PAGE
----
My better instincts did a bunk, seduced by a lie-in
Ihad all the excuses I needed to return to the warmth of my bunk and not get under way. The wind was still fresh from the south-west when it should have veered to the west-north-west and eased. It was still dark and my rudimentary navigation lights had yet to be sorted. And my VHF wasn’t working: communication would be necessary if we decided to take the short cut via the military lifting bridge at Havengore. I told my crew to resume his snoring. We weren’t leaving at 0500 after all.
Back in my bag I shuddered blissfully, shrugging off the cold of the cockpit and curling into my own warmth. But I knew I would pay. Two hours later the world was a much more welcoming place: the sun shone brightly the wind had veered west and had eased, but the flood was now running strongly against us. It had been this flood we needed to ride. And had we left Burnham-on-crouch when we should have done, taking the last two hours of ebb down the river, we would have doubled the Whitaker Spit and would by now, indeed, be riding it up Swin to the Thames Estuary.
‘We’ll have breakfast underway,’ I stated nobly, as though somehow this would make up for lost time.
Under full sail and against the shallows of the north bank we pushed reasonably well over the tide, in the shadow of the sea wall.
By the time we were out beyond Shore Ends we only had three-and-a-half hours of flood left to run, but at least this meant we could take a shortcut and scouring the chart I noticed a low way over the sands used as a firing ground on weekdays. No guns – from the MOD range at Shoeburyness – were trained on this great shoal at the weekend, though, so we steered 150° from the Sunken Buxey No 1 buoy straight across the top of the Foulness Sand.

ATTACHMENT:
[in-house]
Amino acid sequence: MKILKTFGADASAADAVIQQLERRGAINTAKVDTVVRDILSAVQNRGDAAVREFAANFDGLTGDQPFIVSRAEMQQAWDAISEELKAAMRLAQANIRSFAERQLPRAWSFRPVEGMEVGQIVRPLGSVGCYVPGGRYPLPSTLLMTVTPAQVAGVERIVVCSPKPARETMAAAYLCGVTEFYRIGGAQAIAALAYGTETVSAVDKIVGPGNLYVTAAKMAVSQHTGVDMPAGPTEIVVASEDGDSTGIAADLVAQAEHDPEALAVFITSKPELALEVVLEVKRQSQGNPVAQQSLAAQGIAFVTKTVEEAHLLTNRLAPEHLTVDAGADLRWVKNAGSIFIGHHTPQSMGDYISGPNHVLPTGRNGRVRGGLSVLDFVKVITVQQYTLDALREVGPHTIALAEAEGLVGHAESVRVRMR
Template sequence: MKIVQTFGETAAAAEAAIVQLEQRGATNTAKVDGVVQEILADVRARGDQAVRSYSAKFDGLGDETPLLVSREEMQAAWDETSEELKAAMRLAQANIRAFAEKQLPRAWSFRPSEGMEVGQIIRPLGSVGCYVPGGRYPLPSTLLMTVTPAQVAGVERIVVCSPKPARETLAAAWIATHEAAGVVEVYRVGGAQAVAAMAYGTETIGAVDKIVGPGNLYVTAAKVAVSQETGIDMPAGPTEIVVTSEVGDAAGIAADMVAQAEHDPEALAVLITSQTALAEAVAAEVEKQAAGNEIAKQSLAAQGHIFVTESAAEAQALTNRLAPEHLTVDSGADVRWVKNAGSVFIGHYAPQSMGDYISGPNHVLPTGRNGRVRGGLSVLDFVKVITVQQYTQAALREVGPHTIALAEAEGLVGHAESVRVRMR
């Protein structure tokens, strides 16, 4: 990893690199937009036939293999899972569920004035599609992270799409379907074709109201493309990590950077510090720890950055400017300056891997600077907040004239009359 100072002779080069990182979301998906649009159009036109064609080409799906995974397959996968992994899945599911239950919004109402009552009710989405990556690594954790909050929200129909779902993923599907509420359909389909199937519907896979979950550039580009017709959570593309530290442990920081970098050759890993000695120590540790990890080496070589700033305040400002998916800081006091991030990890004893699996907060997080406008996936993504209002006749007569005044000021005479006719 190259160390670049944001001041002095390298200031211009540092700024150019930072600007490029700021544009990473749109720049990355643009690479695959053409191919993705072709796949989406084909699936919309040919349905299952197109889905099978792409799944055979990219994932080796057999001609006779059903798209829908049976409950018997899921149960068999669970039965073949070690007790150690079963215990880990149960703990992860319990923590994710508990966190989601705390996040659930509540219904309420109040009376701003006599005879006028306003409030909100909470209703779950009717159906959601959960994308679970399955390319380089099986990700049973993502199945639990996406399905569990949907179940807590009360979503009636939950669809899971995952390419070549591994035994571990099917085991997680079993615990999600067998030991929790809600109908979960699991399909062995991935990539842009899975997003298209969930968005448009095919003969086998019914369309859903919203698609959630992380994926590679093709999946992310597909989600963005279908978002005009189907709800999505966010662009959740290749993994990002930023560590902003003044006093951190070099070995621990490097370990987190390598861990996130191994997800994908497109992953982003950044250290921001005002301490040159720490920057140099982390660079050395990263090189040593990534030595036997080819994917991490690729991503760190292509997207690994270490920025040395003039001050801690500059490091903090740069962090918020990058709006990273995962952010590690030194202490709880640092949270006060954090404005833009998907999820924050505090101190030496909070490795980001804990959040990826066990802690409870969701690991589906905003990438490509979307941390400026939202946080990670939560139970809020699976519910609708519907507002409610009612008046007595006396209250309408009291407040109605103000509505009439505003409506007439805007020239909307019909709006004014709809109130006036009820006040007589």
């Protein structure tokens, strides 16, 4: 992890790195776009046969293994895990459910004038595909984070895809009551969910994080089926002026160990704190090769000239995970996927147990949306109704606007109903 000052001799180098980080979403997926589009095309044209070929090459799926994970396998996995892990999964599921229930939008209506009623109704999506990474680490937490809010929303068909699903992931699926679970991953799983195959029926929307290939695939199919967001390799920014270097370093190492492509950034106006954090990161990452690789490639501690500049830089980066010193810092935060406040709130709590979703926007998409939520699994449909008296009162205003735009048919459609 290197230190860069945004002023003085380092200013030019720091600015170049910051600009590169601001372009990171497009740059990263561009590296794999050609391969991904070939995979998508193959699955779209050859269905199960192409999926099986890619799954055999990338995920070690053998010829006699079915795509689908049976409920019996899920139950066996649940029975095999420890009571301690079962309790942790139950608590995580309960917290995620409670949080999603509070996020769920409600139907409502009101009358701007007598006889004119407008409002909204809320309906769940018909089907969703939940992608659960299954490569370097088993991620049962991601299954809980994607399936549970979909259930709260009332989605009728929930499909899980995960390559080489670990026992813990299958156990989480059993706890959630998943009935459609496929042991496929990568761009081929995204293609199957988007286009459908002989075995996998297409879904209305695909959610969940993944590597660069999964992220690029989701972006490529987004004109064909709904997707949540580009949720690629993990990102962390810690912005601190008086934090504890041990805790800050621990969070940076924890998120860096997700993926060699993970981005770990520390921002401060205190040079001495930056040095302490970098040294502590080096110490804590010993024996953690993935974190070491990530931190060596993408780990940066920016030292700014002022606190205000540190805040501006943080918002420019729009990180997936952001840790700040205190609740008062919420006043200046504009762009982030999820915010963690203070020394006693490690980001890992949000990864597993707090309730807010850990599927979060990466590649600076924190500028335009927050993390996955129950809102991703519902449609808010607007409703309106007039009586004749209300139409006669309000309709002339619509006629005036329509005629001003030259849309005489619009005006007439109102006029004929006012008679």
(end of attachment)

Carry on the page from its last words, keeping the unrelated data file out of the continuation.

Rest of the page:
I watched the shallow water start to ripple up. Just as Archimedes had discovered while taking a morning bath, Betty II’S hull, four feet from the bottom, was displacing what soundings were available.
Fingers crossed, and in silence, we continued to the highest ridge, and then started talking again once I could make out the greener water of the West Swin. We were over.
‘We’ve got an hour back,’ I said. ‘We should go like a rocket now, with wind and tide.’
And indeed, the wind had gone north of west, giving us a quartering breeze as we ticked off the navigation buoys of the Swin channel.
‘If we can make the Blacktail Spit before the tide’s shot, we can at least creep along the edge of the Maplin Sands the way the wind is.’ Sure enough we did have the Blacktail abeam as the flood died but, alas, the wind backed, too. It was now due west, a dead-noser. With the whole of the Thames Estuary open to us, I tried first of all tacking towards the Kent shore, kidding myself we were getting a lift here and there, and then, having been forced to admit we were just falling away eastward on the ebb, back towards the Essex shore. In neither direction was there anything like a ‘making tack’. Just the flapping leech of the headsails announcing that in seeking a better angle I was simply luffing and slowing the boat down.
After half ebb the tide began to ease and we crawled slowly into the estuary. Too late to get back on my berth, I at least hoped to make it into the shallow Hadleigh Ray where I could anchor her until the night tide. I pushed on into ever shallower water until she ran aground.
Turning on the engine, putting her full in reverse and with both of us hanging the rigging, we got off. In doing so we jammed the centre-plate case with mud and shingle, only remedied with a lift-out three days later.
Those two extra hours of kip were a pricey indulgence.
Fingers crossed, and in silence, we continued